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Understanding Child Discipline

Child discipline is one of the most important elements of successful parenting, yet more and more, parents just do not know what to do.

The first step in establishing a child discipline program is to understand what disciple is and what it is not.

This topic causes intense arguments everywhere, as the proponents of spanking clash with those who say it is completely wrong.

All agree that reward and punishment discipline methods must change as children get older, time outs may no longer work.


Although punishment is part of some parents’ discipline regimens, the two words are not synonymous.

You should develop a punishment system for your kids, as well as a rewards system for good behavior.

One ingredient in child discipline is the understanding of consequences. It is always best that the punishment fit the crime.

Remember just as verbal praise is a powerful reinforcer for most children, verbal scolding can be an effective punishment.


Spanking is a very controversial disciplinary tactic. The use of the word “spanking” to refer to the discipline of children appears to be largely a North American term.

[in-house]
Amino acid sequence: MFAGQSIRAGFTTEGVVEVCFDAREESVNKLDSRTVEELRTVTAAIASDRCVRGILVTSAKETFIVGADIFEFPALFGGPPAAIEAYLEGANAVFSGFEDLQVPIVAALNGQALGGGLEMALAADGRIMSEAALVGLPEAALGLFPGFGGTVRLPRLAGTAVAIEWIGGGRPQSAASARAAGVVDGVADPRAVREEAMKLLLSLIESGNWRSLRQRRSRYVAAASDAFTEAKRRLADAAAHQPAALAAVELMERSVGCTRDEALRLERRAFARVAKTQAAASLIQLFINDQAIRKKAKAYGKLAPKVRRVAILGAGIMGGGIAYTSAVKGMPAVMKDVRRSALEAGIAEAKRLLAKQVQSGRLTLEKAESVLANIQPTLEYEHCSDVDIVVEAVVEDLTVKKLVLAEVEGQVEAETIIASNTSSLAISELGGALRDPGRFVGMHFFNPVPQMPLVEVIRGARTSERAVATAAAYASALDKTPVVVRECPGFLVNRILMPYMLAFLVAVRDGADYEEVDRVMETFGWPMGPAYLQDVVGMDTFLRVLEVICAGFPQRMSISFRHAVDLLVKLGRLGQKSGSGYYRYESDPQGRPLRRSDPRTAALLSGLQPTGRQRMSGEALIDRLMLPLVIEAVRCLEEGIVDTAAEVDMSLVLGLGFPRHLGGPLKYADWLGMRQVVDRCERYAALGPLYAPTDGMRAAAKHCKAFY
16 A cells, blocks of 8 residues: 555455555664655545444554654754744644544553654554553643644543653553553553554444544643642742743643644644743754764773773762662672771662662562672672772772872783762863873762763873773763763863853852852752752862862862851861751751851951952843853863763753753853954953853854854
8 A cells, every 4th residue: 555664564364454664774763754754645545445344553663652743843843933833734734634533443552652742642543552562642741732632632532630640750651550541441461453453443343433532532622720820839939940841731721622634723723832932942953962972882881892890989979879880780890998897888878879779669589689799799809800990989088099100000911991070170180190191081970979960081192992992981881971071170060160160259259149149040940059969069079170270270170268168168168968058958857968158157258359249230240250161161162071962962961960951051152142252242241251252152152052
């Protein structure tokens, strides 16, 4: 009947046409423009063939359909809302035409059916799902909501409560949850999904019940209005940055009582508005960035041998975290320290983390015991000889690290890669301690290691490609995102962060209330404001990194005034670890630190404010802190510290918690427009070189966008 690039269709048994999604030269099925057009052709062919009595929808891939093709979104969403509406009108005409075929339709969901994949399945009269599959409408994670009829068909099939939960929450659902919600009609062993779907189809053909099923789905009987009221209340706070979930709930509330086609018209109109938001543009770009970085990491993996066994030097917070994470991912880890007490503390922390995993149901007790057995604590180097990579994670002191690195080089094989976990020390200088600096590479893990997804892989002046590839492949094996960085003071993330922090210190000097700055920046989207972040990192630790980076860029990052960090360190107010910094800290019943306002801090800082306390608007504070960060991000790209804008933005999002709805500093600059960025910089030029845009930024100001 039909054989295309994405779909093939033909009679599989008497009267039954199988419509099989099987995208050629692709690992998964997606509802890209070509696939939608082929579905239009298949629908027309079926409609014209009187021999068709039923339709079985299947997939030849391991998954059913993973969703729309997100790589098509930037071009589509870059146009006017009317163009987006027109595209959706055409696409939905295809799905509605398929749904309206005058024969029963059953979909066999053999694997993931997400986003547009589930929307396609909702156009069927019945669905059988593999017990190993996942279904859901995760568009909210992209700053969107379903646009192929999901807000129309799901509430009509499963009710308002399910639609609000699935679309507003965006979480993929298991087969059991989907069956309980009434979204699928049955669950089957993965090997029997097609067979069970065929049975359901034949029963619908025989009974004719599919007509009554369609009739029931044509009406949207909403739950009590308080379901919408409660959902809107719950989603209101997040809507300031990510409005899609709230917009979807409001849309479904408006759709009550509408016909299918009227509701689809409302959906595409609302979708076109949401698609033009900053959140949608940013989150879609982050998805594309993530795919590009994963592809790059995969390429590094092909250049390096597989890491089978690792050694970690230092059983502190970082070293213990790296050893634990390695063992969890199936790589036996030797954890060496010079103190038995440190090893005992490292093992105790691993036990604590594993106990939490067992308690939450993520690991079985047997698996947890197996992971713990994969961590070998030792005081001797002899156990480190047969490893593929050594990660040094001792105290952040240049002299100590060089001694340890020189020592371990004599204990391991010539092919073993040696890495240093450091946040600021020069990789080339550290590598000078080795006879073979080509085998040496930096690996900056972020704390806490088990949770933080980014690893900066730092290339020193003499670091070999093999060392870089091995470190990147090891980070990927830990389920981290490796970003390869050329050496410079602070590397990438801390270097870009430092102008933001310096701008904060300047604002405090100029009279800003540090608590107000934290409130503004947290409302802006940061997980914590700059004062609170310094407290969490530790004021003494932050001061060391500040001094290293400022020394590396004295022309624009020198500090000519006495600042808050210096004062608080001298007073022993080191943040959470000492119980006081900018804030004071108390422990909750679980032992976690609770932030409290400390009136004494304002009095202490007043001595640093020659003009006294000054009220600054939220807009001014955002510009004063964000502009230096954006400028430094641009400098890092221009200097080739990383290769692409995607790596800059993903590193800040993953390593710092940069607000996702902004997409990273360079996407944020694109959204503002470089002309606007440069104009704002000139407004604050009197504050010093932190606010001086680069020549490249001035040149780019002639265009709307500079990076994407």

Studies conducted over many decades have shown that even a minor amount of spanking increases the likelihood of children growing up into adults with problems of alcoholism, drug abuse, anxiety and depression.

Those opposed to spanking argue that non-violent methods of child discipline are not only more humane, but more effective, than physical punishment such as spanking.

Disciplinary spanking, when properly applied, can augment nonphysical measures and optimize the process of behavioral control.

Some believe to remove spanking from the repertoire of parents of young children could promote child abuse and lead to increased violence among older, unruly children.


How do we effectively implement child discipline? Effective discipline helps our child develop empathy and self-control. Effectiveness of non-violent methods relative to spanking is still debated.

You must consider that the use of any single form of discipline becomes less effective if it is used all the time, a process psychologist call habituation.

The research of many behavioral psychologist suggest that reward more so than punishment may produce long-term behavioral changes, although punishment may be more effective short-term.

Although a child is more likely to comply with parental demands immediately after being hit, he or she will not learn the desired behavior. This leads some to believe physical punishment is no more effective than other methods.

The goal is to learn how to stop poor behavior and other child discipline problems before they become a pattern. Good child discipline changes as the child grows.

Regardless of your of your point of view the best child discipline always requires good family communication.

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